Investors drawn to China despite risks
By Guy de Jonquieres, FT.Com
January 31 2005
If the quality of corporate governance was measured by published regulations and good intentions, China would be a model of probity. Its authorities churn out such injunctions almost weekly. But recent scandals and murky dealings at China Aviation Oil, the soon-to-be privatised Bank of China and a string of other companies are pointed reminders of the wide gulf between official pronouncements and commercial reality.
To be fair, China's regulators recognise what needs to be done and are trying their best to do it. They know systematic corporate misconduct undermines economic development and could scare off the foreign capital on which it depends. In that respect, at least, they are faster learners than authorities in Japan and South Korea.
Progress has undoubtedly been made, albeit from a very low level. The outlines of a clearer regulatory and legal framework are emerging, corporate boards are being established and some companies have begun to clean up their act. Jamie Allen of the Asia Corporate Governance Association, an activist group, argues that, when judged by the opaque cronyism and weak corporate accountability prevalent in much of Asia, China does not look quite so bad.
Yet even optimists expect just curbing rampant abuses to take a decade or more - and the path ahead is strewn with obstacles. They start with weak enforcement. The state-owned Assets and Supervision and Administration Commission, which oversees big state-owned enterprises, is still finding its feet. The China Securities Regulatory Commission, which supervises listed companies, lacks resources and sustained high-level political backing. Many regulations have no clear basis in law and are at the mercy of courts more disposed to favour powerful local interests than to dispense justice.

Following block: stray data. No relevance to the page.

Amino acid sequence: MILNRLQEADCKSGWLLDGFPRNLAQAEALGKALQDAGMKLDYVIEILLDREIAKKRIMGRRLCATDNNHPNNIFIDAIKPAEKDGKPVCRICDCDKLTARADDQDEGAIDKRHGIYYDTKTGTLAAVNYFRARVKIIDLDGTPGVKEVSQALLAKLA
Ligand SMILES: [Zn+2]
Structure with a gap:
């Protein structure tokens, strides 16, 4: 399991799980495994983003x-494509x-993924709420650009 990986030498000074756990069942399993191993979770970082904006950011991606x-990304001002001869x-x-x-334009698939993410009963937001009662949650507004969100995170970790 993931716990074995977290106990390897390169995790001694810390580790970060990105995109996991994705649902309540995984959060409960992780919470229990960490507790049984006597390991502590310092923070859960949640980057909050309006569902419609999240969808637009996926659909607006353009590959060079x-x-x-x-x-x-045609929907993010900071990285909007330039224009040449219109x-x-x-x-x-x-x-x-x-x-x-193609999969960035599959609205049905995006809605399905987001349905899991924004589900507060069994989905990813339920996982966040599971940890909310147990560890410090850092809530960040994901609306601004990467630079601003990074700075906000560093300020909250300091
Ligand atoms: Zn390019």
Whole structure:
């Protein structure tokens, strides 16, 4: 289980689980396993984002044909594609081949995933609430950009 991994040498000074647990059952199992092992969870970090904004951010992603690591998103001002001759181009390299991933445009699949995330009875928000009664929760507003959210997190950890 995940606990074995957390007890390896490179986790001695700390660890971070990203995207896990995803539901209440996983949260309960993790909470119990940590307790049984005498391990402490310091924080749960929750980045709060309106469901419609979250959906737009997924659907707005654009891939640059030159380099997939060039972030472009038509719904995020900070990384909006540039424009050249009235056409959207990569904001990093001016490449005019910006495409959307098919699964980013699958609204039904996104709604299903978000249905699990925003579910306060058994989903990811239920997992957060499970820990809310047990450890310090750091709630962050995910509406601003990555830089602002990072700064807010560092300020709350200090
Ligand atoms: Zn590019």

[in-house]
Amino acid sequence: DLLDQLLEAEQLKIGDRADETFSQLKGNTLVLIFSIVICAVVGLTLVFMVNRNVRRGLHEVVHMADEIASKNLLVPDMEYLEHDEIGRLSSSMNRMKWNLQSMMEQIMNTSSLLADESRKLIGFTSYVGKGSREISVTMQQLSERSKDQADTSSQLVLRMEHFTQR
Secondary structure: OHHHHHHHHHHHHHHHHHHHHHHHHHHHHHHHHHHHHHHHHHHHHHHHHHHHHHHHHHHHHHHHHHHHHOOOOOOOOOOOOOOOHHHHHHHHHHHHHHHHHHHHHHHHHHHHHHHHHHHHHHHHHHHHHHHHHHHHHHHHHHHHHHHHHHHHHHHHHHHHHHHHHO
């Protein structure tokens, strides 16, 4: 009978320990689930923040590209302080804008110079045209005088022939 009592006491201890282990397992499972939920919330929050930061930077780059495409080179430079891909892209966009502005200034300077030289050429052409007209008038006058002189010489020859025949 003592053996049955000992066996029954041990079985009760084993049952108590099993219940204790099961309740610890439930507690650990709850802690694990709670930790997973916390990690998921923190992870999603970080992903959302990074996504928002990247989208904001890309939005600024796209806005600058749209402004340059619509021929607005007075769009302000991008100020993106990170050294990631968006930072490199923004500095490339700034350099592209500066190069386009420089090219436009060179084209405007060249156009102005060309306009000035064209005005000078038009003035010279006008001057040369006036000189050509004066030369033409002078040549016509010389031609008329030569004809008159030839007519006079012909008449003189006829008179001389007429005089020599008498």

Those deficiencies are rooted in the intrinsic weakness and dubious legitimacy of the Chinese state. Its failure to develop strong independent institutions has left the Communist party as a central instrument for implementing policy. Sometimes, SOE heads also chair local party committees. In many SOEs, these enjoy a status superior to that of the board, assuming there is one. Independent directors, many with few qualifications for the job, are often kept in the dark.
Though capable of ruthless effectiveness, the party, by definition, is ruled by a political, rather than a commercial, agenda. In a system where all important jobs carry government grades, some heads of big SOEs out-rank their regulators, while their companies' performance may be only incidental to their career prospects.
Exposure to capital markets through public equity offerings has been scarcely more effective in imposing disciplines on managers. Many so-called privatisations so far have simply parcelled out dominant shareholdings to different arms of government, leaving only minority stakes for private investors.
Although ministries' direct interference in day-to-day management is being curbed, companies still face pressure to fulfil sometimes conflicting social and industrial policy priorities. That helps explain why studies have repeatedly found that many Chinese companies perform worse after privatisation than before.
For foreign investors, all this should amount to a large sign flashing caveat emptor in bright lights - all the more so as China prepares to sell off minority stakes in its large banks. Although they have been re-capitalised, the quality of their recent loans is unclear and they have still to undergo restructuring.
Yet where China is concerned, there is a long history of foreigners shedding their normal caution and being transported by heady visions of limitless gain.
Where else, after all, offers so many opportunities to participate in such a phenomenal growth story? And whatever the risks of plunging in, how much greater are the risks of being left out?
Few would dispute either China's economic potential or the country's capacity to harness it: only now are the implications starting to dawn on the world. However, China's ability to grow and prosper is one thing. For outsiders to reap dividends from it is quite another. Much more must be done to instil order in the country's turbulent corporate sector before those two interests are clearly aligned.